That was the civilised human context in which everyone from the Taoiseach to the Garda Commissioner to ordinary people responded to the report. So did the PSNI, who pointedly said of the Garda Siochana: "We value their friendship, we value their co-operation and we value their professionalism and they have saved many lives alongside my own colleagues." This is what peace making looks like.
That's what Gerry Adams just didn't and couldn't get. The Smithwick report wasn't about the North. It wasn't about the Troubles. He didn't understand that because, whilst his physical body might live in a house in Co Louth, his mind has never left the North, and it never will. When he read the report, Adams saw only the word "collusion", and it transfixed him, rabbit-like in the headlights, because he instantly started thinking of collusion by the RUC and the British army. The people served by the Garda Siochana weren't drawing up profit and loss tables to decide who was "worse" in this way. They were instead measuring the force against the highest standards which they expected of it, finding it wanting, and seeking to say and do the right thing in response. That's why Adams's crass remarks about the dead men's "laissez faire" attitude to their own security were so shocking.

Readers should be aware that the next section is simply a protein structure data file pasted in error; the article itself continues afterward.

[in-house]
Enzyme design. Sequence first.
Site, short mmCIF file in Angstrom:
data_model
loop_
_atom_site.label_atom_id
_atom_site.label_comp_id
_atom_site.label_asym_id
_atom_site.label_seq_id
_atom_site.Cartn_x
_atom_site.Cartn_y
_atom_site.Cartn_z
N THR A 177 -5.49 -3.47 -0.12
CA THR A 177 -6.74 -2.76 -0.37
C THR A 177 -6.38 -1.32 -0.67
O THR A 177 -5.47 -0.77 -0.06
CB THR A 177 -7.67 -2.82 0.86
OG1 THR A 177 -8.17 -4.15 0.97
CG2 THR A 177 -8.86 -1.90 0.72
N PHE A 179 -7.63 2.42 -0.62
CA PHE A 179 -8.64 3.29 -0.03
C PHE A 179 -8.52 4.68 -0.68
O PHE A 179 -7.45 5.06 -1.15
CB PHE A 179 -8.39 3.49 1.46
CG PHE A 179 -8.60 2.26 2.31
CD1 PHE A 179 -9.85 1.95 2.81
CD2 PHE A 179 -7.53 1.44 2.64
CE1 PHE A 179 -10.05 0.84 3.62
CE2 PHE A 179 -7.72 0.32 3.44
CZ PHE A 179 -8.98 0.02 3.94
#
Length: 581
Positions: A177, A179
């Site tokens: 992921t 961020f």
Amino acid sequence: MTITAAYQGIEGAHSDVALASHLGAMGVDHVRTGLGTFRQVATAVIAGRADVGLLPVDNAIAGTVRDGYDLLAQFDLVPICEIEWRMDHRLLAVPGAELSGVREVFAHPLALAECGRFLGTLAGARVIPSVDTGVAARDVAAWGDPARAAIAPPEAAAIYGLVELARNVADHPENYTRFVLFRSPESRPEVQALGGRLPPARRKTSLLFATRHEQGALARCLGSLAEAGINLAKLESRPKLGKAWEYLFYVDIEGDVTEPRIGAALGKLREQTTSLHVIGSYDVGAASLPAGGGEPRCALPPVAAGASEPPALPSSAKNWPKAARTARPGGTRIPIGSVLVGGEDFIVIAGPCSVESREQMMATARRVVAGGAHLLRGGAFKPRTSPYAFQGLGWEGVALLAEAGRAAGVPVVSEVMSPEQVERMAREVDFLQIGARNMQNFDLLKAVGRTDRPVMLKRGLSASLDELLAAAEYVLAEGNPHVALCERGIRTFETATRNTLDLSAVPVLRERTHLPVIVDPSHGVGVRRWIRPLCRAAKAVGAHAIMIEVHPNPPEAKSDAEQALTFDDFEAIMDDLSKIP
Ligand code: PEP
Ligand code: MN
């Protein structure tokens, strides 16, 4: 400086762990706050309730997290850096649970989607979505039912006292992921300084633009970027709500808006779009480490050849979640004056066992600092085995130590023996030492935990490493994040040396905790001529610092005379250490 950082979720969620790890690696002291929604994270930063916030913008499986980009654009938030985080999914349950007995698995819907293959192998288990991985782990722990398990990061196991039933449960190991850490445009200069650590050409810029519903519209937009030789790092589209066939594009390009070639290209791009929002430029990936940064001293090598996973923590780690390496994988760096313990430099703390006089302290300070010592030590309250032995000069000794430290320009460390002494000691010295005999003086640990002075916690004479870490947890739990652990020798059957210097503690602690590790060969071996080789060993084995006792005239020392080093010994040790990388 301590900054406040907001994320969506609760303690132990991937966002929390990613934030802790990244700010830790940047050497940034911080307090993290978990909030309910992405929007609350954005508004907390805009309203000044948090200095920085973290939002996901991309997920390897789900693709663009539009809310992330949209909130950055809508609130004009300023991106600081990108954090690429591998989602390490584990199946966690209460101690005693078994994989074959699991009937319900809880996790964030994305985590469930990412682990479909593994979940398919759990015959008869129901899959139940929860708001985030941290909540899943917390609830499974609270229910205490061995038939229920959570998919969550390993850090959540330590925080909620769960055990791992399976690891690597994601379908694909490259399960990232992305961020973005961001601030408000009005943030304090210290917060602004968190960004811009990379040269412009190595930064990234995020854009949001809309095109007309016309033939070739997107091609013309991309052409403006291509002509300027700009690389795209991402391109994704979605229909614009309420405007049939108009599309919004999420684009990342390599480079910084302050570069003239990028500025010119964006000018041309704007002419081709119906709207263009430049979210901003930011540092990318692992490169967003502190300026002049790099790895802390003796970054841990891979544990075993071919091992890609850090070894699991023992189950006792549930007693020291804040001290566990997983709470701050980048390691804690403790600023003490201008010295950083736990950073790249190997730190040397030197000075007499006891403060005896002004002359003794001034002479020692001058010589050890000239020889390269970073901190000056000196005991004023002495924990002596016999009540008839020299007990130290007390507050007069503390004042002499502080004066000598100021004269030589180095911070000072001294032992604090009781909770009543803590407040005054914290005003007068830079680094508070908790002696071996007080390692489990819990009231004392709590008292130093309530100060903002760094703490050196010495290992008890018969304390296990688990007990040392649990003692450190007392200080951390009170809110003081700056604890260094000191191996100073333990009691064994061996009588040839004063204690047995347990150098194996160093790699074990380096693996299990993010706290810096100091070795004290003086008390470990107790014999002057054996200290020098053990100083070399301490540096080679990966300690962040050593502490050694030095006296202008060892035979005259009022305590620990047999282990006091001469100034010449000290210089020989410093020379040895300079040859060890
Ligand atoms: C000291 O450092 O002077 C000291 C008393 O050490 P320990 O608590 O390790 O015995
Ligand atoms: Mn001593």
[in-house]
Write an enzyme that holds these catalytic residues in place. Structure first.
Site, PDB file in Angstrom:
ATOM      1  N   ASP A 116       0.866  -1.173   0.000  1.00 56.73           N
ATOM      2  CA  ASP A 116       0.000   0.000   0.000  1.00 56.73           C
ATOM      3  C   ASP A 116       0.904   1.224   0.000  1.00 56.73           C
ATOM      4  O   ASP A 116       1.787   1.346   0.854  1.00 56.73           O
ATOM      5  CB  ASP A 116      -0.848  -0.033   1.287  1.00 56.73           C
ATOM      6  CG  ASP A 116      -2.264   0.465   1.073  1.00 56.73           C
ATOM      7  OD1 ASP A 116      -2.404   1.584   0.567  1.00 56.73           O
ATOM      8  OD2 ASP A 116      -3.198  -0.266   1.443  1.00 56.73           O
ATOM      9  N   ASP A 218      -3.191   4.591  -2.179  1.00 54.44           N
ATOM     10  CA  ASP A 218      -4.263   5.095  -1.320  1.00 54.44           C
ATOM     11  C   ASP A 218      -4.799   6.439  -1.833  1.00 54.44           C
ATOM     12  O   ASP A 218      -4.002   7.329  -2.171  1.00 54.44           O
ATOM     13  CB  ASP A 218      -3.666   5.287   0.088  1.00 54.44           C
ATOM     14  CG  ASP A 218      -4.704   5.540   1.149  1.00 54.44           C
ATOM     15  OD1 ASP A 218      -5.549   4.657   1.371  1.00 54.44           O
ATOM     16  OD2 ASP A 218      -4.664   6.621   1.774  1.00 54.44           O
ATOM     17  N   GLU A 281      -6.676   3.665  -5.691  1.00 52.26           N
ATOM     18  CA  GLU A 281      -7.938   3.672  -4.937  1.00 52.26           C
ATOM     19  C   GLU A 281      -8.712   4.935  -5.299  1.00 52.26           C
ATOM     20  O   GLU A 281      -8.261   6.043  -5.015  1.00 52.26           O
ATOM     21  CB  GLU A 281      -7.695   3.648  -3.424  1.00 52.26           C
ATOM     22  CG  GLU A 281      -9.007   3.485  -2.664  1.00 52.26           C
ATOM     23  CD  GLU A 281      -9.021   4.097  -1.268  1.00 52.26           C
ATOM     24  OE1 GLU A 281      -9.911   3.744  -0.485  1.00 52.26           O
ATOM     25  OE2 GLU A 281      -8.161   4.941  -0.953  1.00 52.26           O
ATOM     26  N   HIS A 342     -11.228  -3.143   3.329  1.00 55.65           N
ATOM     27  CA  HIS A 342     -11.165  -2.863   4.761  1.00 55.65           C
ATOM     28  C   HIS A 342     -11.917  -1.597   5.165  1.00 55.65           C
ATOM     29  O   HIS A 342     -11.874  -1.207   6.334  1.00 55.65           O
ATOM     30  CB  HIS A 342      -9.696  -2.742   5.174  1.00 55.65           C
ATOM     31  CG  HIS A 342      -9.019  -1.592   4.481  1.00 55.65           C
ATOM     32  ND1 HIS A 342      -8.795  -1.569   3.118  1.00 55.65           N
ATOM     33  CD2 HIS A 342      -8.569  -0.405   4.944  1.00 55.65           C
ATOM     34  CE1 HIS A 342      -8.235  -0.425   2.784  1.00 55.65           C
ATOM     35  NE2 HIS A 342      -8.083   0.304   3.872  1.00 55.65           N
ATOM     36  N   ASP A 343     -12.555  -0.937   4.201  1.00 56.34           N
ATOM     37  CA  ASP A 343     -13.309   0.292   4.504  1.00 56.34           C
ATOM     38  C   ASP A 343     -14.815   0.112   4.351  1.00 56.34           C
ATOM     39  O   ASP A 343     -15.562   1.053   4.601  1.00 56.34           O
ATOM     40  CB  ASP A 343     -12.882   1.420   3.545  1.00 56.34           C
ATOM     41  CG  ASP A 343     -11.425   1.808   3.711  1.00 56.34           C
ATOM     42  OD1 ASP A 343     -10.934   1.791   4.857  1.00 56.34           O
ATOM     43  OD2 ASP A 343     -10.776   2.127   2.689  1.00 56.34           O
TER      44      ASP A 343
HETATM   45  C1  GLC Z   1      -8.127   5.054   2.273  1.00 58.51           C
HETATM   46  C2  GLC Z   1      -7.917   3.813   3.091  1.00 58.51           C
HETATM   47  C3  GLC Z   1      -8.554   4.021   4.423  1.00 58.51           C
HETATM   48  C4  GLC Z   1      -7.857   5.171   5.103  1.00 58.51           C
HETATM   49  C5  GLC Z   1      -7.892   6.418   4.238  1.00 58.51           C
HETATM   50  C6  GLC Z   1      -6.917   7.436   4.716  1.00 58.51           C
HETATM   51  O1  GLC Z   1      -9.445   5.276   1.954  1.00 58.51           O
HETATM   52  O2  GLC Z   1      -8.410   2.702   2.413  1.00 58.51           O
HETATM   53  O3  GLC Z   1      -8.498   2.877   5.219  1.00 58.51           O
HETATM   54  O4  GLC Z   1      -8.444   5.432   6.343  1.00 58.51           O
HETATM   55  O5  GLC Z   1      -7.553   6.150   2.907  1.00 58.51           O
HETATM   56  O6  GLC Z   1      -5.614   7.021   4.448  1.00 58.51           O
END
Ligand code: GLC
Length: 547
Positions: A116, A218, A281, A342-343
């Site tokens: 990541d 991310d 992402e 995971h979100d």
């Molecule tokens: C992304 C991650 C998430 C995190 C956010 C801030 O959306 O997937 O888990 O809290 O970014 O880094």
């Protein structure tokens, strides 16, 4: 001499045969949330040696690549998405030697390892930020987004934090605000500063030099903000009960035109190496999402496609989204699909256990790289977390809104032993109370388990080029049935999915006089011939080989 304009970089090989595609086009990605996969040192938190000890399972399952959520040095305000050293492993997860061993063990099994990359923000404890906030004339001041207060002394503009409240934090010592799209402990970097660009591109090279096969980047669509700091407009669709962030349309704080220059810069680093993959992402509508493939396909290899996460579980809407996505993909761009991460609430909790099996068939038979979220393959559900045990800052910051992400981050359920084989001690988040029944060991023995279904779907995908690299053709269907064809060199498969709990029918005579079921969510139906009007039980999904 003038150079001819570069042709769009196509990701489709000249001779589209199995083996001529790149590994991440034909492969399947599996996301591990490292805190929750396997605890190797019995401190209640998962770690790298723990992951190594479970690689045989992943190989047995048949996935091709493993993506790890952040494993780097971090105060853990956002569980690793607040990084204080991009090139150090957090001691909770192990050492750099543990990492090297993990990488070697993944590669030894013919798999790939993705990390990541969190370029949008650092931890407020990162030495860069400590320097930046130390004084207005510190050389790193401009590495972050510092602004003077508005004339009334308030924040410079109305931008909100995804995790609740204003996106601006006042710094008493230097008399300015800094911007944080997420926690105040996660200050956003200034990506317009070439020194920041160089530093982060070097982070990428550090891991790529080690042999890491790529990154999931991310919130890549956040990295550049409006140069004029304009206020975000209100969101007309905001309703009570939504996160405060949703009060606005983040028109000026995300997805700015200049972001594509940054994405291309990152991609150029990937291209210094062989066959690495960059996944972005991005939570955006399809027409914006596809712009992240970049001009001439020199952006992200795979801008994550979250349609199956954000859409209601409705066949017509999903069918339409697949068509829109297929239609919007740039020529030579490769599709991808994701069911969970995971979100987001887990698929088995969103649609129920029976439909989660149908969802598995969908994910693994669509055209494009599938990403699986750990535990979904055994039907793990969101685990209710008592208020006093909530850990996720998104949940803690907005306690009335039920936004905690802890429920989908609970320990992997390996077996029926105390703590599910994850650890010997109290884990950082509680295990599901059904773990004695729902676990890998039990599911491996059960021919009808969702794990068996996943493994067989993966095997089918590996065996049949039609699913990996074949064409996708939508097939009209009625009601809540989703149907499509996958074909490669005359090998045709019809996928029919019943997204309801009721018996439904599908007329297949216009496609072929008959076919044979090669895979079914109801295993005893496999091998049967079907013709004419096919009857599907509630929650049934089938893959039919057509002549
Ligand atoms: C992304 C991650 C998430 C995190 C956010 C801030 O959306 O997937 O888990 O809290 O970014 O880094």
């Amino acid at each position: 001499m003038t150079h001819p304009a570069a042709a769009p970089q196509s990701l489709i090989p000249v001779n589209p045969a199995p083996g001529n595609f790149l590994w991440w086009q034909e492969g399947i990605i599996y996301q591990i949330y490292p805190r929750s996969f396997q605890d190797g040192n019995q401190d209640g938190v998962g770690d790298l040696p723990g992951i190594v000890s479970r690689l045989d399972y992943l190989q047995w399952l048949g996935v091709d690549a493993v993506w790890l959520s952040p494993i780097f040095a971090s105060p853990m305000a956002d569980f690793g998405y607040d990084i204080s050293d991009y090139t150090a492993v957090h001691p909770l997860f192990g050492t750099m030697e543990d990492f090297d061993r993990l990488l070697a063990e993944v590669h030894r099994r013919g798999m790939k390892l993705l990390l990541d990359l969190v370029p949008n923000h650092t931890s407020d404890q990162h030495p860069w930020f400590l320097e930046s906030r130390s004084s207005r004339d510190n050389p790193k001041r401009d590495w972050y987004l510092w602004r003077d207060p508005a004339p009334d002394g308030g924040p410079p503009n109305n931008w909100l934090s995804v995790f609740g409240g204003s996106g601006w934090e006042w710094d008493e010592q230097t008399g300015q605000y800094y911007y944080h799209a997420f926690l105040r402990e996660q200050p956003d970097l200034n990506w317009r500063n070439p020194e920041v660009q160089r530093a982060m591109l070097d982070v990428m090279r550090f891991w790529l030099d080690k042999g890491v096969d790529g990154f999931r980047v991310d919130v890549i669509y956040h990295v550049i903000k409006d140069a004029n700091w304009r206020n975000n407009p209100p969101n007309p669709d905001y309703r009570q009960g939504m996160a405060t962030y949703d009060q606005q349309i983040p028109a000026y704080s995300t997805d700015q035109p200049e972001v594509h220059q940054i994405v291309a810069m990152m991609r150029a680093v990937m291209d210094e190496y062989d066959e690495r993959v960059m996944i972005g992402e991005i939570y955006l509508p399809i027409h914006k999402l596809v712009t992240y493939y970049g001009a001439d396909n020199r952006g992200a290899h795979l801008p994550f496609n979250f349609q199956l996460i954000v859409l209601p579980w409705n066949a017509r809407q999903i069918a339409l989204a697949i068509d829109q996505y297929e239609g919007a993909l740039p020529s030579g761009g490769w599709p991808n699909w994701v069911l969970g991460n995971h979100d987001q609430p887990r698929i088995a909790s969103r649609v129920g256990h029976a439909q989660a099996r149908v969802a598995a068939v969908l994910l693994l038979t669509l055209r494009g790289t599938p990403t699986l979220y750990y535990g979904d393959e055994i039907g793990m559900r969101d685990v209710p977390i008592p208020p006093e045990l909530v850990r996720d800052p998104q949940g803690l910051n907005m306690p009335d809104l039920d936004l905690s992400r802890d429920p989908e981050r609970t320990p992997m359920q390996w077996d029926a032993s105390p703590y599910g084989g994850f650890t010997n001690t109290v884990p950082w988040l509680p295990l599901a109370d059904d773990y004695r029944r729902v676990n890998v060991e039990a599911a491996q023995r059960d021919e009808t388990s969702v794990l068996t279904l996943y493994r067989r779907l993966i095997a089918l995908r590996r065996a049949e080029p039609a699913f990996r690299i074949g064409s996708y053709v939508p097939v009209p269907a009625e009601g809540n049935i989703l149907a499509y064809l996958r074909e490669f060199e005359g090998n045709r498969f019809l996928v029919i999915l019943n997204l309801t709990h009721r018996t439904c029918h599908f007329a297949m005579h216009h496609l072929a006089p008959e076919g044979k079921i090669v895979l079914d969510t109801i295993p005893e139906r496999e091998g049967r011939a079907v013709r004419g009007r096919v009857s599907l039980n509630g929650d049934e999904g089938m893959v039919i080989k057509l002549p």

Like some obsessed trainspotter, Adams feigned innocence, pointing to the paragraphs in the report which prompted his remarks – and spectacularly missing the point in the process. The real question is: why did he pick up on those paragraphs? To most of us, they were a small part of the background narrative to the tragedy, certainly not its meaning. Why did that bit matter so much to Adams? It sounded as if he was trawling the report for ifs and buts, identifying the individual notes but not hearing the tune.